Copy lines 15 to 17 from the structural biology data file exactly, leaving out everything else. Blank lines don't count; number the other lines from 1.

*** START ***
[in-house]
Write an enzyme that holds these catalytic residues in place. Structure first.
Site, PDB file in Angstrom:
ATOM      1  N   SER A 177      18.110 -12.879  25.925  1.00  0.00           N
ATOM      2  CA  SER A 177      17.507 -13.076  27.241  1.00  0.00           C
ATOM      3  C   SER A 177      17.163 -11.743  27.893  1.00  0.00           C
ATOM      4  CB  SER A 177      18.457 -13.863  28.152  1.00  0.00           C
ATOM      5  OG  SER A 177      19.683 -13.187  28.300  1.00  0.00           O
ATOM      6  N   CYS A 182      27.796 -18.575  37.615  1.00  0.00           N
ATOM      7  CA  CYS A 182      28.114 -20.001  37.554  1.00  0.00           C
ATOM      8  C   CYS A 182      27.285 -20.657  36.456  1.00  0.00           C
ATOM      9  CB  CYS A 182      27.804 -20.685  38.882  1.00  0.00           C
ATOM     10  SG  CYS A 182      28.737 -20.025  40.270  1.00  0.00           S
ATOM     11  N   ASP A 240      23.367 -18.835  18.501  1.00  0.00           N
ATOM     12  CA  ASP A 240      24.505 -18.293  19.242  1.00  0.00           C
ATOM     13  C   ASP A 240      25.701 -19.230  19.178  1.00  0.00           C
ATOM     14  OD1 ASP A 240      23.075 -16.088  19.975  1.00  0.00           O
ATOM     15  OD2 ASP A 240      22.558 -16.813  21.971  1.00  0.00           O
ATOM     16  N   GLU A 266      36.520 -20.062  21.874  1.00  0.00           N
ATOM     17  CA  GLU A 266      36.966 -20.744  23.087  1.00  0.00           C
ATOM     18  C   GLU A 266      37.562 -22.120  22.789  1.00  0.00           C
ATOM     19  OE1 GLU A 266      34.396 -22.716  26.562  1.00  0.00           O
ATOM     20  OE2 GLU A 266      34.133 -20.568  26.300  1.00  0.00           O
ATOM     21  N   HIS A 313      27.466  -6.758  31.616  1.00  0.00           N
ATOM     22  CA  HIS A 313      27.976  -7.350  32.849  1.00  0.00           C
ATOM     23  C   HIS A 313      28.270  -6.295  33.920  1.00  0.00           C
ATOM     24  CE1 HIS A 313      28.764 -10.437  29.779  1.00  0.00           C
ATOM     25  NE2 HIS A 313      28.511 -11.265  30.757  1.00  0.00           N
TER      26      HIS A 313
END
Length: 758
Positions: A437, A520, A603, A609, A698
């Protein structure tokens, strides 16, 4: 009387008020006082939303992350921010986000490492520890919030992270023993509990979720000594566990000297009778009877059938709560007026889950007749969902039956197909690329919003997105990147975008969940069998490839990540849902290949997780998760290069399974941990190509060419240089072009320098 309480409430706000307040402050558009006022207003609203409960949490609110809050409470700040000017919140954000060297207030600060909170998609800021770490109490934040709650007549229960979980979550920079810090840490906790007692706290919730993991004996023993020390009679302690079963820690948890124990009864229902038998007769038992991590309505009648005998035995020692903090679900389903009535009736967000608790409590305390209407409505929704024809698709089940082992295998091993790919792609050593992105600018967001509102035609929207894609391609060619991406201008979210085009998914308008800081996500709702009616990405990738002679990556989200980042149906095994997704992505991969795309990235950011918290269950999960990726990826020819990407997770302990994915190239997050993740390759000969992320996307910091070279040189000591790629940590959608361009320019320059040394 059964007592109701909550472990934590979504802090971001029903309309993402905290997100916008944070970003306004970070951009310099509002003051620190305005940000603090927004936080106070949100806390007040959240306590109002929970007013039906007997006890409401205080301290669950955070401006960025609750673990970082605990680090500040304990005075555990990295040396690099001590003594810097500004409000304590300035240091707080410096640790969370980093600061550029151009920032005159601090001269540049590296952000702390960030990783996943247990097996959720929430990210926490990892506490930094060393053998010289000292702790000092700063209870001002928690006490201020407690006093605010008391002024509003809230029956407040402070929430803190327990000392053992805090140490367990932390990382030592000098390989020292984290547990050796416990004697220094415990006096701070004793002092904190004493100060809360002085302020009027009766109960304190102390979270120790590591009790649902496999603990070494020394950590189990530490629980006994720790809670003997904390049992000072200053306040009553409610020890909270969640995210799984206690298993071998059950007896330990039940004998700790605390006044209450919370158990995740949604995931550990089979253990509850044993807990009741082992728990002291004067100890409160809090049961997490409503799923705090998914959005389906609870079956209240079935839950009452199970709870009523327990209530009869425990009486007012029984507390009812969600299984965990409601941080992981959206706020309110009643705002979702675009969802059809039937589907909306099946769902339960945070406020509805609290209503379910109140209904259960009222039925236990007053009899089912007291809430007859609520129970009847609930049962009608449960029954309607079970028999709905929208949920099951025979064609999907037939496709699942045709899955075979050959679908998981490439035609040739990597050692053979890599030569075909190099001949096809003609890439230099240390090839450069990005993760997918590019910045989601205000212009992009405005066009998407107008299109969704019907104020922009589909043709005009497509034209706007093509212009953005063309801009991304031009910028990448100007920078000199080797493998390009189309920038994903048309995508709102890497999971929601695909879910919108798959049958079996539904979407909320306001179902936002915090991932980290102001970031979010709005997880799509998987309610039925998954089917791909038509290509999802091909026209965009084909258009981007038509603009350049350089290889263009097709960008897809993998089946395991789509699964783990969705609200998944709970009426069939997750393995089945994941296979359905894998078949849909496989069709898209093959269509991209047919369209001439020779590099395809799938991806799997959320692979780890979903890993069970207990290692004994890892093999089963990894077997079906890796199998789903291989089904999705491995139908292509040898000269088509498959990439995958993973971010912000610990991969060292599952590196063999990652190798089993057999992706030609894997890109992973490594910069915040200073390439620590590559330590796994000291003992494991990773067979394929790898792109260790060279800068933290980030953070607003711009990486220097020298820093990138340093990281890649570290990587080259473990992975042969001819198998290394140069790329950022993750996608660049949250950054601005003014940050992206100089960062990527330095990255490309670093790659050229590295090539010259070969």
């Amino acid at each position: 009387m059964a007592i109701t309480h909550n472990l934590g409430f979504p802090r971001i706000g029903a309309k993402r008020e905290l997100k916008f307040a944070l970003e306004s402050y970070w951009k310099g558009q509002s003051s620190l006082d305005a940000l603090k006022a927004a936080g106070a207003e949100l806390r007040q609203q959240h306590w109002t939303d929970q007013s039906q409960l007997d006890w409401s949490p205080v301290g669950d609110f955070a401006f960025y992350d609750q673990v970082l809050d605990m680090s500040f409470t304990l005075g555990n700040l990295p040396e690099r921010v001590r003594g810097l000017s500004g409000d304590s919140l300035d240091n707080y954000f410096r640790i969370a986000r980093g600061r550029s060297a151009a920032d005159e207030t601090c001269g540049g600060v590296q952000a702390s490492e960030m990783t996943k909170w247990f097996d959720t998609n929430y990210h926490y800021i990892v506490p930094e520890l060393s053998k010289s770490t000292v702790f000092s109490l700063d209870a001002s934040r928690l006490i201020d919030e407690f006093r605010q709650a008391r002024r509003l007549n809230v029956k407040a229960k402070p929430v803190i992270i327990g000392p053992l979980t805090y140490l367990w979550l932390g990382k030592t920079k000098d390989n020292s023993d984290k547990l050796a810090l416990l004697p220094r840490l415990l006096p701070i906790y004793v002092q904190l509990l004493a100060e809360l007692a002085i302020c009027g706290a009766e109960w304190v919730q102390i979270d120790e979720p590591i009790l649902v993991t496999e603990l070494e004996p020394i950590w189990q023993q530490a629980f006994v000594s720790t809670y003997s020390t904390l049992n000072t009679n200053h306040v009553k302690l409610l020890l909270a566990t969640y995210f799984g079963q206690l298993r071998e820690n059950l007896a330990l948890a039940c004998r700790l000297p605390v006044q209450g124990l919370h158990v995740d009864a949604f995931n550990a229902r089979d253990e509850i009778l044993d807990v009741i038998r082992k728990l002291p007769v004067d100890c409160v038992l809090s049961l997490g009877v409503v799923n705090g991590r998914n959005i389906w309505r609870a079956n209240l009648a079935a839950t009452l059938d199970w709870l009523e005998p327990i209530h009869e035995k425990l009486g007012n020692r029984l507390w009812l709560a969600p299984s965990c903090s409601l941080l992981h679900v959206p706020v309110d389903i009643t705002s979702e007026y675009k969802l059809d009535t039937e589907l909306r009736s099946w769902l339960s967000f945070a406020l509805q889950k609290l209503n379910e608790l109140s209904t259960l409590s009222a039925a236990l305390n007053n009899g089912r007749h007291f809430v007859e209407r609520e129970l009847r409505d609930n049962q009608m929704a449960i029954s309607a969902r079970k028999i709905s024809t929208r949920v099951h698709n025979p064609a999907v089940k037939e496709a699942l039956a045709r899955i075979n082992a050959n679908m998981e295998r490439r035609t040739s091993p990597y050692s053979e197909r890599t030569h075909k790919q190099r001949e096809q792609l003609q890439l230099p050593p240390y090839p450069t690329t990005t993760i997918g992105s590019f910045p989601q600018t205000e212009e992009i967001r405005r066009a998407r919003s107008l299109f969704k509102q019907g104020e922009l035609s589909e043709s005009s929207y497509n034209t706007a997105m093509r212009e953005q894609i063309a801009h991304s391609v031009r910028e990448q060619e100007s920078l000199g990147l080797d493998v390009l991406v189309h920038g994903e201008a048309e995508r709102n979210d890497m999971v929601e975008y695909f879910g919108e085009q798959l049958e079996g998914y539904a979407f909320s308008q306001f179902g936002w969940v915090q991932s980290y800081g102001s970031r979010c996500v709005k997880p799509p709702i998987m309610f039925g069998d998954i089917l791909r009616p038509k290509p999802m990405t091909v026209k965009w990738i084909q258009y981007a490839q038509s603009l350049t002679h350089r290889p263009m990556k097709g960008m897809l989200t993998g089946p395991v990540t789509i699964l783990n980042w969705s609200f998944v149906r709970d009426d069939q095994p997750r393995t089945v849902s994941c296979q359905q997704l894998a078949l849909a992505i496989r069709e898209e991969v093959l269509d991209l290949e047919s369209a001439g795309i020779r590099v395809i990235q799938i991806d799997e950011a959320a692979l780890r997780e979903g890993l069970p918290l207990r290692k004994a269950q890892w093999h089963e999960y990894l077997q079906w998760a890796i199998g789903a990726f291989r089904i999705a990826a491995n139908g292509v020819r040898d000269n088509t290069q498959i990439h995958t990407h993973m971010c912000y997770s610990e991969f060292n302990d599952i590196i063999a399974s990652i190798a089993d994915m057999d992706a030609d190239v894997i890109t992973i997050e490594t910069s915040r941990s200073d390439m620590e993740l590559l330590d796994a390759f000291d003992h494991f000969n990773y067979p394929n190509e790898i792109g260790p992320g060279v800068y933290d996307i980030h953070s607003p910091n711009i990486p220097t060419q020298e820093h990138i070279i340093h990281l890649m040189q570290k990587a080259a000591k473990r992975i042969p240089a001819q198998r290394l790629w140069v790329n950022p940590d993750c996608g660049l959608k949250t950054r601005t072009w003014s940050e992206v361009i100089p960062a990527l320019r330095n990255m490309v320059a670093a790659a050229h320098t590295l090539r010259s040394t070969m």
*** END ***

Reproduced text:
ATOM     12  CA  ASP A 240      24.505 -18.293  19.242  1.00  0.00           C
ATOM     13  C   ASP A 240      25.701 -19.230  19.178  1.00  0.00           C
ATOM     14  OD1 ASP A 240      23.075 -16.088  19.975  1.00  0.00           O